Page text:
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August 21st, 2011

The Master Class

I shouldn't even be using my "La Loge" for this, since it isn't really going to be a review.  It can't be.  I'm too emotionally invested in the play to review it with anything like objectivity.  You see, it's about a teacher who feels passionately about what she's teaching, trying to convey that passion--not to mention the necessity for knowing something about the history and the context as well as the basic building-blocks of technique and craft--to students who don't know (or care) as much background as she thinks they should.  She also believes that everybody who wants to be an artist should suffer for their art as much as she did when she was young,  Not the men, so much:  they don't really need to learn the hard lessons about endurance and growing a thick skin and giving up huge, bleeding chunks of themselves to pursue their careers.  But the women, certainly.  She had to.  So will they.  It's best they be prepared.

I've been a student of such teachers.  It didn't do me  much good, either as an artist or a human being.  Because of this, I try very, very hard not to be that teacher.  And yet I found myself nodding when I heard Maria Callas (channelled through the expressive voice and intense presence of Tyne Daly) announcing that Art is Hard Work, and that singing an opera (or any other piece of dramatic vocal music) without understanding its words and context and history and psychology is simply a collection of beautiful notes without soul or meaning.  Which goes to show, I guess, that being a egoistic, insecure, emotional mess doesn't mean you can't be right about things.  And also that being right--or even being a world-famous genius--doesn't give you license to belittle, insult, mock, or dismiss someone who looks up to you and wants to learn from you.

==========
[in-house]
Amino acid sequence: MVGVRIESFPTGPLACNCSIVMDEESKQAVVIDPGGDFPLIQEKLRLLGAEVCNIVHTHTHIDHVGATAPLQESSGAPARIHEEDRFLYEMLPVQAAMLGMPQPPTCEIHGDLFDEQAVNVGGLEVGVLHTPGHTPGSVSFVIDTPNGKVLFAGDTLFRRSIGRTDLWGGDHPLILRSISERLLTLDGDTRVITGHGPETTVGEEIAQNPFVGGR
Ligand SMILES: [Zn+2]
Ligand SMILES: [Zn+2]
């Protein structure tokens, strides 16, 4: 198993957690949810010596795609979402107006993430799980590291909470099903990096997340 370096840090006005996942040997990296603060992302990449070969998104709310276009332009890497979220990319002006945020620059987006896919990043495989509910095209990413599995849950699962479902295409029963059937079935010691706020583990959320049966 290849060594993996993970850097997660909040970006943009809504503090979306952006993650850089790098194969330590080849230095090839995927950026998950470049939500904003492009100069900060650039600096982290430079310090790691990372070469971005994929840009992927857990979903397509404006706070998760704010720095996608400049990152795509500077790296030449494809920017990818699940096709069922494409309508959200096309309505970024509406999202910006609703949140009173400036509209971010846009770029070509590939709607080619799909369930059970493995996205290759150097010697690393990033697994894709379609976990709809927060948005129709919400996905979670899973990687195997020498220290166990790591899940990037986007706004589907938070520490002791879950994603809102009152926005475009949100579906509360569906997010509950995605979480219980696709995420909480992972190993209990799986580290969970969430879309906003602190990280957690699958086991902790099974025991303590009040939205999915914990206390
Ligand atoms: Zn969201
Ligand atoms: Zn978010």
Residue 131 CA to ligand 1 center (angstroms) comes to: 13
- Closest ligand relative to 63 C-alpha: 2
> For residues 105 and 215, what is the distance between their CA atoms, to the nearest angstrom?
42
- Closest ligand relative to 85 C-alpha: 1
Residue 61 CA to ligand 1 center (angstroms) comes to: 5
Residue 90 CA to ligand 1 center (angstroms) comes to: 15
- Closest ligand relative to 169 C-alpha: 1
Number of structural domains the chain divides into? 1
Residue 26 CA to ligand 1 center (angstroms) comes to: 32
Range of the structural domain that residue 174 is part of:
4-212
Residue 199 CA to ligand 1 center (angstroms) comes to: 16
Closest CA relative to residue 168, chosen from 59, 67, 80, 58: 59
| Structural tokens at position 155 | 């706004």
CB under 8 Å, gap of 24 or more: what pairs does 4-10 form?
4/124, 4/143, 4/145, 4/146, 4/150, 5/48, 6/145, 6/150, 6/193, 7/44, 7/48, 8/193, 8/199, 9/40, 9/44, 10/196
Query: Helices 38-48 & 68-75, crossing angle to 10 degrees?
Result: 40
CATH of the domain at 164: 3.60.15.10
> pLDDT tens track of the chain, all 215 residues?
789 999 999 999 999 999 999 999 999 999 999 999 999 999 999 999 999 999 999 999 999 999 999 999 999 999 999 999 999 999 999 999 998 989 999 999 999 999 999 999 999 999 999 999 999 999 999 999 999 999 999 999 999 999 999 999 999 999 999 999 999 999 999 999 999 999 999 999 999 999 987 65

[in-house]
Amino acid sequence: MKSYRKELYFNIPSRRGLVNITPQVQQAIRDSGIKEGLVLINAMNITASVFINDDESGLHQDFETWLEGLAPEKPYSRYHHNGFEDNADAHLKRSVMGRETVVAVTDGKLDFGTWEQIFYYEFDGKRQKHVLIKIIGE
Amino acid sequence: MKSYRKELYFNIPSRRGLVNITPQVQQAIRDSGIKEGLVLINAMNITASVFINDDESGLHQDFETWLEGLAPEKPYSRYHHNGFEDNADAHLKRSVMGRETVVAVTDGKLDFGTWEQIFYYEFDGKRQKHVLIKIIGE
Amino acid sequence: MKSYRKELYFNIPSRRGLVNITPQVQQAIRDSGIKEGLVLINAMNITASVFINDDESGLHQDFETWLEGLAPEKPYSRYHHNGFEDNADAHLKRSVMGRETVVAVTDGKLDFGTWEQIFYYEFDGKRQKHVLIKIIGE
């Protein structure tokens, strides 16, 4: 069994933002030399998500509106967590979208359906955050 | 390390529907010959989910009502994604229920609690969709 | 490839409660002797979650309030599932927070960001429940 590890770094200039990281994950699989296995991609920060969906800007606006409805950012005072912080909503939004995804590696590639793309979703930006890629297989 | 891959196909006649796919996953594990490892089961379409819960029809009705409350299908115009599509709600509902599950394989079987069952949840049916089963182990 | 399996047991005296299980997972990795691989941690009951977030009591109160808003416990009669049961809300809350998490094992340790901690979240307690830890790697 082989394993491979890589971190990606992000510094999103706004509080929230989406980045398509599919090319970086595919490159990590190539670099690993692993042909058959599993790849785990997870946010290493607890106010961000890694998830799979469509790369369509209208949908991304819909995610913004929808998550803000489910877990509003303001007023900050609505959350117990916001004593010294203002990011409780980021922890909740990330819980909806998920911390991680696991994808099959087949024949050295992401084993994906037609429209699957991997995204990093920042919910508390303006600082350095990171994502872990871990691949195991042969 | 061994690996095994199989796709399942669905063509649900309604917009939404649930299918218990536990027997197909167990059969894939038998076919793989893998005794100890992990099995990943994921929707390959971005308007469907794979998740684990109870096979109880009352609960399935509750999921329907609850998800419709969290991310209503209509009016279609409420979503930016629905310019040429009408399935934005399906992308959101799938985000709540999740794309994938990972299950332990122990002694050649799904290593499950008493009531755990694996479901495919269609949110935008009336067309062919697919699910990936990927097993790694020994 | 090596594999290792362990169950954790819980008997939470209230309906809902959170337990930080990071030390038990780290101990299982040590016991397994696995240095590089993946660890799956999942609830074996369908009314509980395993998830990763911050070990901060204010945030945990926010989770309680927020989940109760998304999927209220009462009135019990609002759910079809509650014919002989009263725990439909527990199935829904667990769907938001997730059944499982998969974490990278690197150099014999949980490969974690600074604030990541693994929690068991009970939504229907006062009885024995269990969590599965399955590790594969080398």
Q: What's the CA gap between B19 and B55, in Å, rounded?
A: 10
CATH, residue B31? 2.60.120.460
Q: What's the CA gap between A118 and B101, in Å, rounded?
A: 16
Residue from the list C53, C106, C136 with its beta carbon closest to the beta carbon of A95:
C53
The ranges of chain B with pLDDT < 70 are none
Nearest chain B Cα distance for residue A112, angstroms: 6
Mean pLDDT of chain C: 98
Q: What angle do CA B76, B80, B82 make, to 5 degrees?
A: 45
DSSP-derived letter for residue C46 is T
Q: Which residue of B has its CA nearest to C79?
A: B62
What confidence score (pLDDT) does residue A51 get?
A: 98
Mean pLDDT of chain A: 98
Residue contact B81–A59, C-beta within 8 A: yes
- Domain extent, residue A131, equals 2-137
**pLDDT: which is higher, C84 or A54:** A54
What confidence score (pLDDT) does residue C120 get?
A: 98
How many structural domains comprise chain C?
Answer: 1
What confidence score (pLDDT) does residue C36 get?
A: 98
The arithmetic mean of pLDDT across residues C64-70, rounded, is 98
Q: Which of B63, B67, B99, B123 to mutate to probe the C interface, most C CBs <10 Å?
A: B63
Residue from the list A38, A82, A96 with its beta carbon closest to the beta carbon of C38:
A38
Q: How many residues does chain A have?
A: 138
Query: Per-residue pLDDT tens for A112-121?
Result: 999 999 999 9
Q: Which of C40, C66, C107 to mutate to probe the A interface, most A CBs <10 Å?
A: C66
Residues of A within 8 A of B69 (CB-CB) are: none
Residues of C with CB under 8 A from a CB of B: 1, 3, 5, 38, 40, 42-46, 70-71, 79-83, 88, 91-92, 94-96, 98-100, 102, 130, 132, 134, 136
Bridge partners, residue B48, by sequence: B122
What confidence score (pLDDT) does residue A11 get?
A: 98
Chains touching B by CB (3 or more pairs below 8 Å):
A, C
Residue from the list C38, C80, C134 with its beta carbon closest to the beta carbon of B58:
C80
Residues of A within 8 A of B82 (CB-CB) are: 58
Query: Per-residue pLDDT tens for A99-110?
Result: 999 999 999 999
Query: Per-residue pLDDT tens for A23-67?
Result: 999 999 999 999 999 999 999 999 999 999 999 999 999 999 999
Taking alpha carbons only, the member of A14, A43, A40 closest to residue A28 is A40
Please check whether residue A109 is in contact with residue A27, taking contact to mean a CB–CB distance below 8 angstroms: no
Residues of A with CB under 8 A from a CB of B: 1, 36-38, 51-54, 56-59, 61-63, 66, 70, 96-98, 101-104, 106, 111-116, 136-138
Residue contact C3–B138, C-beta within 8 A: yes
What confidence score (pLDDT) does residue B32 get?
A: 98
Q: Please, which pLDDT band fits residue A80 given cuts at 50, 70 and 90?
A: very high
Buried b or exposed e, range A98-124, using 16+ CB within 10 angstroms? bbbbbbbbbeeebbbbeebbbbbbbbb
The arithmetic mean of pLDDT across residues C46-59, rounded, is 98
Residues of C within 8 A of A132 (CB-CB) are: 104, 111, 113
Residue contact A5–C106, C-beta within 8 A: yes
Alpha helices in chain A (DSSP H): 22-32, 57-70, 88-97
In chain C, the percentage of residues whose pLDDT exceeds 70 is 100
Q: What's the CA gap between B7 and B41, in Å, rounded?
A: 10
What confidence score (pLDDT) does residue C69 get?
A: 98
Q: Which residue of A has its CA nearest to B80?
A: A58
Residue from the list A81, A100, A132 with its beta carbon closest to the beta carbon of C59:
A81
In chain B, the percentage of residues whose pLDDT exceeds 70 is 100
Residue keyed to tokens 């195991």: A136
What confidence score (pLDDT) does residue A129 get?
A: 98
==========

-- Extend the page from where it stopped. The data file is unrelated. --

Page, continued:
It is very much to Terrence McNally's credit that his play does equal justice to all facets of a more than usually complex personality. His Maria Callas is a fully-rounded character--pathetic, guarded, bitter, dedicated, cold, passionate, clueless, cruel, gracious, and as self-centered as a gyroscope.  I understand that Zoe Caldwell focused on the bitter, cruel, passionate aspects of La Divina.  Tyne Daly focuses on Callas as the walking wounded.  She plays a woman who cannot bear her own vulnerability, who is most comfortable with emotions mediated through music and art.  Every gesture of admiration or kindness from her accompanist, Manny (played with real compassion and patience by Jeremy Cohen) makes her freeze like a frightened rabbit, and either be dismissive or massively gracious or chilly.  Or all three.  She is great, she is brilliant, she is a sublime musician and interpreter of character and nuance.  She is also absolutely alone and emotionally isolated.  Not a nice woman, but a great one.

I'm glad to say that the real woman, Callas herself, was demonstrably nicer than McNally's character.  The July, the New York Times ran an article about the real master classes that Callas taught at Juilliard in 1971 and 1972.  It's well worth reading, but this is the part that struck me most:

At Juilliard she was frank and demanding but unfailingly patient and
encouraging. Above all, she was impressively precise in her technical
and interpretive critiques.

That's a description of a good teacher.  Probably not as entertaining on a Broadway stage as the sacred monster who I watched cleverly reducing students to quivering heaps of nerves last night, but a whole lot more useful, both to herself and to the art she served and loved all her life.  I can't hope to be as great a writer as she was a singer, but I can do my level best to be a frank, demanding, precise, patient, encouraging teacher. 

The play is running until September 4, and there are TDF tickets for it.  Go, if you can.  It's worth it for the music and the commentary on the arias alone.  I'll never listen to the Letter Scene from Verdi's Macbeth or the Antonio's opening aria from Tosca the same way again.


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